While China has certainly stepped up to become a global leader on climate action, there are plenty of countries that would love to have U.S. recalcitrance on climate action to hide behind. As the Washington Post explained, “the Trump executive order could encourage other countries to backslide on their commitments — such as Brazil, another major global emitter, mainly because of deforestation.”

Those who want to preserve a liveable climate must fight Trump’s moves as if humanity’s very future depended on it — because it does.

Source: ThinkProgress. Reproduced with permission.
Print Friendly, PDF & Email

  1. Rob 3 years ago

    The lunatics have taken over the asylum.

    • solarguy 3 years ago

      Oh yes they have.

  2. suthnsun 3 years ago

    The script is already written for many deep levels of catastrophe, suffering and species’ extinction. What is at play right now is the future H extinction.

  3. trackdaze 3 years ago

    A temporary victory for arsenic, mercury and lead.

    • solarguy 3 years ago

      Let’s hope it is temporary.

      • trackdaze 3 years ago

        The only question is will its signatory be more or less temporary?

  4. Ken Dyer 3 years ago

    There is absolutely no sanity in Trumps Executive Order. The coal industry in the USA employs 70,000 people and this is dropping. The renewable energy industry employs more than 200,000 people and this is growing.

    Trump hates Obama with a vengeance, because Obama showed him up for the person he really is. What this fool has done in a fit of pique because he could not kill Obamacare, is to try and unwind another of Obama’s legacies. There is nothing political about it.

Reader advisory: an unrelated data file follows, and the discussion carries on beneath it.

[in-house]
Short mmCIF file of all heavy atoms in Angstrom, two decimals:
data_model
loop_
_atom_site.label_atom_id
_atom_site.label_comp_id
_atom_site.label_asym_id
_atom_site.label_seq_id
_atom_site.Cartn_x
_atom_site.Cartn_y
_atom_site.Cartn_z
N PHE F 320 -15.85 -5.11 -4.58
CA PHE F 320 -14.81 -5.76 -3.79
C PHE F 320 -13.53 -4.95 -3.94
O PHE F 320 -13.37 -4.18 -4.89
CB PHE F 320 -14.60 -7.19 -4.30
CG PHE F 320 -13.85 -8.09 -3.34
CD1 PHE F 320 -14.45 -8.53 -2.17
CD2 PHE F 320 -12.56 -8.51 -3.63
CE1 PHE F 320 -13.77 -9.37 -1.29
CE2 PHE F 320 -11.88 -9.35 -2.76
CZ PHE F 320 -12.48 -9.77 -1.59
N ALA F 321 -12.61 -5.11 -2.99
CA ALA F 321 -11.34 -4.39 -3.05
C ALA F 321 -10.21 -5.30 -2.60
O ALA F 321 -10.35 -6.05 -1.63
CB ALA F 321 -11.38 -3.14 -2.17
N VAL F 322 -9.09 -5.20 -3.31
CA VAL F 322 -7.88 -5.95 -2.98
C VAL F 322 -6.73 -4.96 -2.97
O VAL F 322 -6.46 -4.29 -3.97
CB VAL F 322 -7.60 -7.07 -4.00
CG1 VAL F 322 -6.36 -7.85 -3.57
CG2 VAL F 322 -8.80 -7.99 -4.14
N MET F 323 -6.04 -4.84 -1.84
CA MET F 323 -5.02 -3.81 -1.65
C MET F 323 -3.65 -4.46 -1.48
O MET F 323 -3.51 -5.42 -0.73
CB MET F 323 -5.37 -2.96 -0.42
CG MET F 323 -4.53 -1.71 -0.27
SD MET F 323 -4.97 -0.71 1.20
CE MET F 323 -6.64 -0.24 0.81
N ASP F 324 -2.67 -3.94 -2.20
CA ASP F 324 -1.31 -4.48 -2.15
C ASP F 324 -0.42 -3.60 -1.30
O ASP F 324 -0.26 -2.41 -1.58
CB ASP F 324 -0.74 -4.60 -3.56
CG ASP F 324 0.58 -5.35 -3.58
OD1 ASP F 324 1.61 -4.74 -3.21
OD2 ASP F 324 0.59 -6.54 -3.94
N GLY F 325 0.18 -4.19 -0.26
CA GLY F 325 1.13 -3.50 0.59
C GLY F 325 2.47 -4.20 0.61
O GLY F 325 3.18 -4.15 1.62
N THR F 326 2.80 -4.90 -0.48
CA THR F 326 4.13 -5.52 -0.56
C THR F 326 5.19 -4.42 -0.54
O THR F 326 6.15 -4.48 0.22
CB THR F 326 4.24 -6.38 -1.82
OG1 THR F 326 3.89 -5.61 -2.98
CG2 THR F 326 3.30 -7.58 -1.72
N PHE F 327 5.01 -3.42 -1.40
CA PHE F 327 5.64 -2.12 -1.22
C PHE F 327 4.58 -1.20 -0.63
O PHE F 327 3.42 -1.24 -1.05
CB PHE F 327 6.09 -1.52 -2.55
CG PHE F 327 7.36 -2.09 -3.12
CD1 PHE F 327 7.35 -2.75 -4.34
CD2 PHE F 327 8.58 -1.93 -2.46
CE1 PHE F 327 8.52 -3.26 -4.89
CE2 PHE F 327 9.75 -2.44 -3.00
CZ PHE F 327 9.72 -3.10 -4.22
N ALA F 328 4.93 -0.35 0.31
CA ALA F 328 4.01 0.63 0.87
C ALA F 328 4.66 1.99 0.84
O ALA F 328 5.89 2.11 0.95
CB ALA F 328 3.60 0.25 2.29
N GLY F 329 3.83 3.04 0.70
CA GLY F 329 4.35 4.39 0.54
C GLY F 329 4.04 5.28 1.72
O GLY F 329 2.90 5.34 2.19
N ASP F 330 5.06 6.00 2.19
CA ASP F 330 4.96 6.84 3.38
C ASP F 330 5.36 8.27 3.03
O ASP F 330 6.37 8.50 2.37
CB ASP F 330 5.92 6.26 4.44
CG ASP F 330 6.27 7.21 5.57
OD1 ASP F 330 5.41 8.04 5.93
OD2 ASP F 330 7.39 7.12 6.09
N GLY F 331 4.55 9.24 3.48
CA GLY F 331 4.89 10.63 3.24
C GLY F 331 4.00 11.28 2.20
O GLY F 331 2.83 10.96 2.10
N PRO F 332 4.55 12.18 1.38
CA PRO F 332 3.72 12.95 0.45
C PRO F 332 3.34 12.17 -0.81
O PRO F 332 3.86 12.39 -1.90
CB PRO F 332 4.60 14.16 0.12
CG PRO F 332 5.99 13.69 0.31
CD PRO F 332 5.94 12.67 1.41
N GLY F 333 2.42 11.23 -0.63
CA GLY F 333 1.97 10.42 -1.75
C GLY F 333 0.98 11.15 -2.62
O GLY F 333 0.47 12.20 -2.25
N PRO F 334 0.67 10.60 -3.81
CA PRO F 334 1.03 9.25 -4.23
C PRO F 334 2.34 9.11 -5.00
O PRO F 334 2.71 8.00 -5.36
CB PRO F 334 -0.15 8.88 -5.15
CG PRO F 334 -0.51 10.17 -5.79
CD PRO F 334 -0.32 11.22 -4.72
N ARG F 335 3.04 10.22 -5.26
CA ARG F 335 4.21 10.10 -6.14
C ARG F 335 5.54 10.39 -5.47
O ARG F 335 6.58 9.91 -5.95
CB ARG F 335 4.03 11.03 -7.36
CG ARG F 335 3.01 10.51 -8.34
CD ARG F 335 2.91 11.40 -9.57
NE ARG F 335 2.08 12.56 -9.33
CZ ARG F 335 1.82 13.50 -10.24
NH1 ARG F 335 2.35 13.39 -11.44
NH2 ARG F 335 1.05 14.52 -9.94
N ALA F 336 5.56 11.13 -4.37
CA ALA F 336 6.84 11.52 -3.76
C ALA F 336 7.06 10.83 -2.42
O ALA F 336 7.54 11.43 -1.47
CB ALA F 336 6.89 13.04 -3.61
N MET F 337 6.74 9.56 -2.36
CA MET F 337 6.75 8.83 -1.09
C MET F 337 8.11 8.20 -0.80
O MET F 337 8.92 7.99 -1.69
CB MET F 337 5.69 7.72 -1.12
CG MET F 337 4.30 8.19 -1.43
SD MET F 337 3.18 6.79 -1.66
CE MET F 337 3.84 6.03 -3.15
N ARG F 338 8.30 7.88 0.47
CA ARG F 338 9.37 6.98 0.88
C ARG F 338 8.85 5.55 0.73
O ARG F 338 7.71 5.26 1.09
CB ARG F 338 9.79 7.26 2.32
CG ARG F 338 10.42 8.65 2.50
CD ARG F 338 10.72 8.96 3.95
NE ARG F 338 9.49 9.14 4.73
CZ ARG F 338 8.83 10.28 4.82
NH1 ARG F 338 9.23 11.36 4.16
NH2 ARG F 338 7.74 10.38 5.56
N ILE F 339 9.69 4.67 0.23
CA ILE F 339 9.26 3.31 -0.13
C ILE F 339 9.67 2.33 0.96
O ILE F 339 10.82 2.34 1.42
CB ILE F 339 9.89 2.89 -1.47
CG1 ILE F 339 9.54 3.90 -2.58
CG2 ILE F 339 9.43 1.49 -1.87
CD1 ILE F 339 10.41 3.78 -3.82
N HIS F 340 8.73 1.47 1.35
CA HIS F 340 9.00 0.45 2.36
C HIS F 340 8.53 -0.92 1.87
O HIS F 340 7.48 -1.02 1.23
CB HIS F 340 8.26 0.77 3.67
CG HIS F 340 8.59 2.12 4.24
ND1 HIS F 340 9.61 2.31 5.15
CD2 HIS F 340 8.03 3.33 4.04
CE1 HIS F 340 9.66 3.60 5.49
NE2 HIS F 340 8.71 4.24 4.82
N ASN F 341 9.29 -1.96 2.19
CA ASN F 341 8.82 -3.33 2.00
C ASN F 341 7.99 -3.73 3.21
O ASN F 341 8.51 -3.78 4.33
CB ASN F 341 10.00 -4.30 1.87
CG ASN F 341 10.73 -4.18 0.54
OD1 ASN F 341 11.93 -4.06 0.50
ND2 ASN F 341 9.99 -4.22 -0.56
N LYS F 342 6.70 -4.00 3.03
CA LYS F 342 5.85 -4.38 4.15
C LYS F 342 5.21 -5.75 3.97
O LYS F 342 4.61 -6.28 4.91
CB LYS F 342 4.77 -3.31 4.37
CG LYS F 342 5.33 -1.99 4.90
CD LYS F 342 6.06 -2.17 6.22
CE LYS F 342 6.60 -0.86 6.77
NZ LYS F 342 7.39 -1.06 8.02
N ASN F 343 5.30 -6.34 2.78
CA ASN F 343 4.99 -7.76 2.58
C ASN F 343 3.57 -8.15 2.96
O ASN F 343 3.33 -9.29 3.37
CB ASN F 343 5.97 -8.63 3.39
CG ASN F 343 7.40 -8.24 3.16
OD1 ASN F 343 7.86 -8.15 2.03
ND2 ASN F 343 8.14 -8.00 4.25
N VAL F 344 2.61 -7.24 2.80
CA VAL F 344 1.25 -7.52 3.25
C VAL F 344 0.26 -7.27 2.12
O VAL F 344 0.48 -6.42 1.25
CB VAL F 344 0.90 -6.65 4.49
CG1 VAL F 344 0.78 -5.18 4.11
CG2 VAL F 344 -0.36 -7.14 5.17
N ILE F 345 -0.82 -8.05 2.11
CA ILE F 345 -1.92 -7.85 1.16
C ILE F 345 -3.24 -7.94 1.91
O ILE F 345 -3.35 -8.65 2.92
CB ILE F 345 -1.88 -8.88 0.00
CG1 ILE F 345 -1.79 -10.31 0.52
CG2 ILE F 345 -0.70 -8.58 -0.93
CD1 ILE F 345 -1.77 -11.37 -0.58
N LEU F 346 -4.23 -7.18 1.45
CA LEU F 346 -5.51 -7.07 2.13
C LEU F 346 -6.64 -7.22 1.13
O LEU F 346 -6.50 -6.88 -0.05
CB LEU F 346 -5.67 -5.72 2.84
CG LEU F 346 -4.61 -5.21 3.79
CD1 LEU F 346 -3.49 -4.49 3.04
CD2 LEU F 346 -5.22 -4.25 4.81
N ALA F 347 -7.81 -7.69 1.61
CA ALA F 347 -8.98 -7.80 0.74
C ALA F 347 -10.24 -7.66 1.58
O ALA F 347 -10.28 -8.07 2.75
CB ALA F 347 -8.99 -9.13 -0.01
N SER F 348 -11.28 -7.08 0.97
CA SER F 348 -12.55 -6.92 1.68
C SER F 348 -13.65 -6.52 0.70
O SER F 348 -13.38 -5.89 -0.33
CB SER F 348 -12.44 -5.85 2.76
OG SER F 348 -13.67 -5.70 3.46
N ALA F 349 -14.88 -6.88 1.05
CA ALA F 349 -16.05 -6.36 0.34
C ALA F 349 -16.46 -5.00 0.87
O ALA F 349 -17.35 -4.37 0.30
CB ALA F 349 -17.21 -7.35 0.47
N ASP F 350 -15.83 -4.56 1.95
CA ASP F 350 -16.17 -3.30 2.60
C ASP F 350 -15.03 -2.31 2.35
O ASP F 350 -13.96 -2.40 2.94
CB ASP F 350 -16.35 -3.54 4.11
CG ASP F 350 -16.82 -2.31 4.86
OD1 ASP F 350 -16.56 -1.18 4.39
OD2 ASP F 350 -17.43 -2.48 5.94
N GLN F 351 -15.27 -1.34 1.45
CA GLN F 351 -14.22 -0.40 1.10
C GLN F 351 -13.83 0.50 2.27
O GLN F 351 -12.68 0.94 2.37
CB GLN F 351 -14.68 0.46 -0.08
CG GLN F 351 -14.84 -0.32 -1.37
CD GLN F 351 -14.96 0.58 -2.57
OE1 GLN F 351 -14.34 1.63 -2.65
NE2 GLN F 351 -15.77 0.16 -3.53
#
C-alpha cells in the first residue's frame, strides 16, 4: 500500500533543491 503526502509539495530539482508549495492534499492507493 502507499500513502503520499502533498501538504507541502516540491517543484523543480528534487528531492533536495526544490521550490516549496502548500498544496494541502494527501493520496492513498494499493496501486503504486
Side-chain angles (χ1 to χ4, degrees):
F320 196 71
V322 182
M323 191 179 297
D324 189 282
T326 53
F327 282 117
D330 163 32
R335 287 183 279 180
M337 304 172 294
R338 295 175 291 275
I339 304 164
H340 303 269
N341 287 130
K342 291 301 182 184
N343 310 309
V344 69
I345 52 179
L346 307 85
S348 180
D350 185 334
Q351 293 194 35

Time will show that the renewable energy forces in the USA are formidable and growing, and will overrun this ludicrous order in a very short period of time, making Trump look more ludicrous and stupid than he already is.

    • solarguy 3 years ago

      Hopefully Ken your right, if not and this mad man continues. the worlds best hope is for someone to get the cross hairs on the target.

    • Geoff 3 years ago

      I completely agree with you. The guy is a nutter and is making these absurd decisions based on hate for Obama. Typical white boy hating African Americans. Won’t be long now till he brings back slavery.

      • Thom Kinoshta 3 years ago

        obama is not African-American. obama is a 1/2 white Kenyan American

        • Ken Dyer 3 years ago

          So that makes him a half black American Kenyan, and an Americam-African.

    • Thom Kinoshta 3 years ago

      using your figures, it shows coal is a winner and renewables is a loser. 30% of our energy is from coal, 18% is from renewables, 35% of the renewables is hydroelectric power.

      • Ken Dyer 3 years ago